The Long Riders' Guild

A Word from the Founder

Threats to Travel


CuChullaine O'Reilly



In May, 2012 I warned the public that draconian new laws which had taken effect in America placed the traditional neutrality of explorers at risk.


“The American government,” I wrote, “has announced that it can arbitrarily define as a “terrorist” any doctor or nurse who aids a wounded human. In such cases a victim’s politics overrules his physical suffering.”


I then posed the question, “If doctors can now be classified as "terrorists" by the “land of the free” are explorers next?”


The article then went on to pose these pertinent questions.


What are the implications for explorers who wish to visit countries rocked by political instability, i.e. Afghanistan, Burma, Eritrea, Kashmir, Mali, Somalia, Syria, Tibet, Yemen, just to name a few?


Could a chance conversation between an explorer and a political activist result in statements being voiced which, being in opposition to official American foreign policy, carry an automatic condemnation for the traveller?


Could explorers become victims of political entrapment?


If an explorer is, by default, “caught” talking to people who are politically sympathetic to Al Qaida, are the exploration organizations which support his journey also culpable of “supporting terrorism”?


I concluded by stating, “Members of the medical profession, as well as prominent advocates of civil liberties in the United States, are deeply concerned at the tremendous erosion of civil rights and basic liberties which political events have inspired.”


In the intervening months concerns about the on-going erosion of citizens’ basic rights, including the constitutionally protected right to privacy, have continued to dominate the headlines.


Newspapers have now revealed how the US government uses a secret intelligence programme called Prism to systematically intercept more than 1.7 billion messages a day from American citizens. Foreign governments, companies, universities and millions of overseas citizens are also believed to have had their privacy systematically invaded by the use of the Prism programme.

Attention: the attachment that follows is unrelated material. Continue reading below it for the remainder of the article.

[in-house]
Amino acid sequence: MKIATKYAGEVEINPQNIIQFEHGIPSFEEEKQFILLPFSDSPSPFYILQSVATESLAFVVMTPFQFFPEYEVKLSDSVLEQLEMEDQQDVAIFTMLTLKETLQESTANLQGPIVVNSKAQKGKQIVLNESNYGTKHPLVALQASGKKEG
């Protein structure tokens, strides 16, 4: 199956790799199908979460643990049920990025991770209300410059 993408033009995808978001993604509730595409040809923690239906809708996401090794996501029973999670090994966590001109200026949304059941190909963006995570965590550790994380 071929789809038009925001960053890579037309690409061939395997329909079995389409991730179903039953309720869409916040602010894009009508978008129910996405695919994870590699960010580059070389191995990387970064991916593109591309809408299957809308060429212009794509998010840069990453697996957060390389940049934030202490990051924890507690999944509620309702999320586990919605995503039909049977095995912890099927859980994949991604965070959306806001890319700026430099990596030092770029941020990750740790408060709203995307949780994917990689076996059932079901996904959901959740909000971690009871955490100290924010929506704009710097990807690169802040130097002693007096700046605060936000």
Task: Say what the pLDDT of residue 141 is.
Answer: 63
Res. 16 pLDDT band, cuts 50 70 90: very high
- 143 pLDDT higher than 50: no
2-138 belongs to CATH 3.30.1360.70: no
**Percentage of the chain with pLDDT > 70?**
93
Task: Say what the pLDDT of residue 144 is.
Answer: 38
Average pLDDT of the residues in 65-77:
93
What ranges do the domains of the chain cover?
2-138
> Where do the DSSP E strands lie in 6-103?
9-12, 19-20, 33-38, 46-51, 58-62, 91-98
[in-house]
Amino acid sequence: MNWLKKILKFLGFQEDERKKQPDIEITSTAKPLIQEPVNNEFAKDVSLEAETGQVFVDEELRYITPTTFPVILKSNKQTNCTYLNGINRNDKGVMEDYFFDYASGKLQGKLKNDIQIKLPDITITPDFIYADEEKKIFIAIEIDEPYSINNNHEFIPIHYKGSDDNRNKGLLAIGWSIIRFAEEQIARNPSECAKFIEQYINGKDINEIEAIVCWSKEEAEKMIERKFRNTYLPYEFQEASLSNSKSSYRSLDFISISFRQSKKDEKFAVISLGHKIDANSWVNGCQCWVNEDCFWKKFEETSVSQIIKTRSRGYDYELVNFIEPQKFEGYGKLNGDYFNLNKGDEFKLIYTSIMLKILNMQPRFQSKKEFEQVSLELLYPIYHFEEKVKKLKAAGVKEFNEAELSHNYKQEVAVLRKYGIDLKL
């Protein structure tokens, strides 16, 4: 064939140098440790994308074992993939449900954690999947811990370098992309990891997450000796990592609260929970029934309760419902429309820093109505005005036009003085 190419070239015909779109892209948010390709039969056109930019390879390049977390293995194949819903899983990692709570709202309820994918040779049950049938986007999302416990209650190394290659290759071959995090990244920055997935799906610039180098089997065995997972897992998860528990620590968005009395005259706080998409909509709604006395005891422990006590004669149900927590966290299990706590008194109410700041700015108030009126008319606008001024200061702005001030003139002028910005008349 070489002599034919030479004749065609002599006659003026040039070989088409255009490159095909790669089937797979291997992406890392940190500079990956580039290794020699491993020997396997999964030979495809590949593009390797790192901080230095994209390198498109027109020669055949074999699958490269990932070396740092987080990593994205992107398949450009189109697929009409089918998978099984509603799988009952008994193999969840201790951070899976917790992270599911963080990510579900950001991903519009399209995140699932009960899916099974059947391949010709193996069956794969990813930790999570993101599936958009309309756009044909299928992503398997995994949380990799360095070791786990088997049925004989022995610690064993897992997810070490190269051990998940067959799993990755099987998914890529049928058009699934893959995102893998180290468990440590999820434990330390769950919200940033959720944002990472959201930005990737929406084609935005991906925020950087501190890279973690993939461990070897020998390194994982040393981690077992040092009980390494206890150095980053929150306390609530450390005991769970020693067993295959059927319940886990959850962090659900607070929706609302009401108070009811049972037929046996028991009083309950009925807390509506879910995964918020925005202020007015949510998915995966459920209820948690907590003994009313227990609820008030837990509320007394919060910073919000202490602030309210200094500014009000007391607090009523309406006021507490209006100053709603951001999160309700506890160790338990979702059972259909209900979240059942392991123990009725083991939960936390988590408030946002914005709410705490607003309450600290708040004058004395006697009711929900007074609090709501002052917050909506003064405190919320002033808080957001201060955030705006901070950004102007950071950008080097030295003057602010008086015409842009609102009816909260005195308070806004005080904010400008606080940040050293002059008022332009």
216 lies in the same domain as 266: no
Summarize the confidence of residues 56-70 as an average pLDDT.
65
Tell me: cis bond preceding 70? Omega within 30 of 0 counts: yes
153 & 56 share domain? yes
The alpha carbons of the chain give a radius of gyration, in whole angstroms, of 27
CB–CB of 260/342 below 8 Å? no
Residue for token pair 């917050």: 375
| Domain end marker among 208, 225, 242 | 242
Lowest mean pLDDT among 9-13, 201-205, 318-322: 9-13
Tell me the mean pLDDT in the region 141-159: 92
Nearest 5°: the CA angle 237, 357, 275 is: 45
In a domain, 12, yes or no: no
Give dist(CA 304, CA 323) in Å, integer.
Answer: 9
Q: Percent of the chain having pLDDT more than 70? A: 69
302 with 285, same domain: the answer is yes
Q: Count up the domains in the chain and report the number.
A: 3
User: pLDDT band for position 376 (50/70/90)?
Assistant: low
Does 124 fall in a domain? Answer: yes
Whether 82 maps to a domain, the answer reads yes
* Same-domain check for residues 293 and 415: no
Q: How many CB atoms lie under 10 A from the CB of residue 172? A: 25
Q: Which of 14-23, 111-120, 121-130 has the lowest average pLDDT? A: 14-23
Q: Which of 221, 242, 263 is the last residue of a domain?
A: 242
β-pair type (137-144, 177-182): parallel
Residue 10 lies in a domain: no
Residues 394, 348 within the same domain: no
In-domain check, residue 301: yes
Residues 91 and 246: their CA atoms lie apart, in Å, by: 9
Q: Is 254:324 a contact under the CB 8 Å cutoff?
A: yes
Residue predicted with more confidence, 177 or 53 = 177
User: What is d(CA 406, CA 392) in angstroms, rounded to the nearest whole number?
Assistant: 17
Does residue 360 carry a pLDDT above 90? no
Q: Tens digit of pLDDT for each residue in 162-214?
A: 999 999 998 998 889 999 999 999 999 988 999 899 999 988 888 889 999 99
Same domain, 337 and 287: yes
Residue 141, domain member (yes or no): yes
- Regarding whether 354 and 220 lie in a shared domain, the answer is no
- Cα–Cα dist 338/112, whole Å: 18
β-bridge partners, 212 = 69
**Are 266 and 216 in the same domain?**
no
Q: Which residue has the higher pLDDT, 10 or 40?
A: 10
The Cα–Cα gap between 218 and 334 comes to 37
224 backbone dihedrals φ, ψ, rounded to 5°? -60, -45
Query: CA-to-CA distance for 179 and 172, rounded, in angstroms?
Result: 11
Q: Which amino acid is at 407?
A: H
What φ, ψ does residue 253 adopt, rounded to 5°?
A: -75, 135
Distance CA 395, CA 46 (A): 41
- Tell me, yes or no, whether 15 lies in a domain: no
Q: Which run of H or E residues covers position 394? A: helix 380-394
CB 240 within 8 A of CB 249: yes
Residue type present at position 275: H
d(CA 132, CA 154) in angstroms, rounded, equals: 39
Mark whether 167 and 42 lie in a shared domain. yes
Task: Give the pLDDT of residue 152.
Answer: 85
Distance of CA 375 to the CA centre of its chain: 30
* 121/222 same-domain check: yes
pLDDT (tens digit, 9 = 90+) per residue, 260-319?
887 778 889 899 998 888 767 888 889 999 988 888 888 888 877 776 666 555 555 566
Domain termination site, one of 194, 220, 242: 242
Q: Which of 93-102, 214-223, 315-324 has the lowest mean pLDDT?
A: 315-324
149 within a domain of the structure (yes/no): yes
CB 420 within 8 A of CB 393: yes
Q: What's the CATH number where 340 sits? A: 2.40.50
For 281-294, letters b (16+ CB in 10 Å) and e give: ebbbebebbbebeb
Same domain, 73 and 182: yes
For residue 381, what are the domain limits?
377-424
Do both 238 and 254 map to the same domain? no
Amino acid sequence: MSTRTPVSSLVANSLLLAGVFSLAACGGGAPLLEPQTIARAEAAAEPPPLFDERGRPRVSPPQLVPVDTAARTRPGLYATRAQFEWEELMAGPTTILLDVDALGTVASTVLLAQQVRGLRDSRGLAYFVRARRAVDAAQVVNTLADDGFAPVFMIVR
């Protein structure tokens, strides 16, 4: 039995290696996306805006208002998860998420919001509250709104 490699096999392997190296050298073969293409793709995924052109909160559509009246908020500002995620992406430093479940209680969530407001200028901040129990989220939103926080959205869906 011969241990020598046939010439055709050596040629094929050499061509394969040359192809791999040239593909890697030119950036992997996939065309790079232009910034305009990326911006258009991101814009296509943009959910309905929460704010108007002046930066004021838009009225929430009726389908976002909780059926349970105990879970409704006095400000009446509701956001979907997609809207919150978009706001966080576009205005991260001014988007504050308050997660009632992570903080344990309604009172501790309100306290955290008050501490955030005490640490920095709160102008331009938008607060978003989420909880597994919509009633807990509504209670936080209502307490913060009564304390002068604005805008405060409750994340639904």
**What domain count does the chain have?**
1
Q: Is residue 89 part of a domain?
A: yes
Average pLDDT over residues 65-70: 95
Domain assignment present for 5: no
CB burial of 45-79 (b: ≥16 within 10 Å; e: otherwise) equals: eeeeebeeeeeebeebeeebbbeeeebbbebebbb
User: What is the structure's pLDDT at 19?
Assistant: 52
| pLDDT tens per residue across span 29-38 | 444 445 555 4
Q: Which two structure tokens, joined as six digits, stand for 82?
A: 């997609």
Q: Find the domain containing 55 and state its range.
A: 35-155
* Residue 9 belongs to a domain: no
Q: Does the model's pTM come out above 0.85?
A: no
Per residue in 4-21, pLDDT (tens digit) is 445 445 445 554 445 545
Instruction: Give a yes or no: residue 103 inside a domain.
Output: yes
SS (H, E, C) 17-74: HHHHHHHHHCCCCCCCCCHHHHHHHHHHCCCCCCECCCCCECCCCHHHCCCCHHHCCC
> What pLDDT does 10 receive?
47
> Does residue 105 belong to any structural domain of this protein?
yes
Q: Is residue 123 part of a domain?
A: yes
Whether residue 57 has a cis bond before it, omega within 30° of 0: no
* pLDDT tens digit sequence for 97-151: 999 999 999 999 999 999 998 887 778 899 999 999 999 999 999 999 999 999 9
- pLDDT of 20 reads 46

Dictators are not dumb. They read history books too. That’s why they know that there are a number of steps to be taken when one wants to assume total control; critical steps include declaring martial law, seizing control of the media, arresting opponents, spying on citizens and restricting travel.


A glance at Long Rider history will provide alarming examples of how tyrants crush travel, along with a citizen’s other rights.


Throughout history totalitarian regimes have realized that horses presented a potent political threat. A tyrannical system is designed to keep people close to home, where they can be kept under tight social, political and geographic control. Horses threaten to undermine this oppression. People who can ride might travel without permission. Riding might encourage the growth of resistance. Rebellion might be spread via the saddle.


Oliver Cromwell certainly understood this. After he conquered Ireland in the 17th century, he quickly passed a law forbidding Irishmen to own a horse valued at more than 5 pounds. This instantly destroyed any hope of a mounted opposition or of travel.


Stalin was no friend of horses. After seizing control of all private farmland, his ambitious goal was to create an enormous agricultural collective. The first step was to confiscate every animal larger than a chicken. Horses were no exception. They were forcibly taken from the people and placed into state-controlled farms. In 1928 he passed a law making it illegal for private individuals to own a horse.


Joseph Stalin would not have approved of the 1984 film "Red Dawn," a Cold War tale that depicted Soviet, Nicaraguan, and Cuban paratroopers invading the United States. Resistance quickly spread, thanks to a group of armed teenagers, led by political rebel Patrick Swayze, who fled into the Rocky Mountains on horseback to escape capture and lead a mounted rebellion.


Nor were other dictators slow to follow this lesson.


Enver Hoxha made it illegal for Albanians to own and ride horses. More recently, the Iranian government passed a law forbidding Kurds to own and ride horses.


This blueprint for control has been used time and again, only now it’s not your horse they are determined to take away. It’s your plane ticket.


The United States government maintains what it terms is a “No Fly List.” This list contains the names of those people who Washington has decided are not permitted to board a commercial airliner for travel either in or out of the USA because they "present a specific known or suspected threat to aviation.”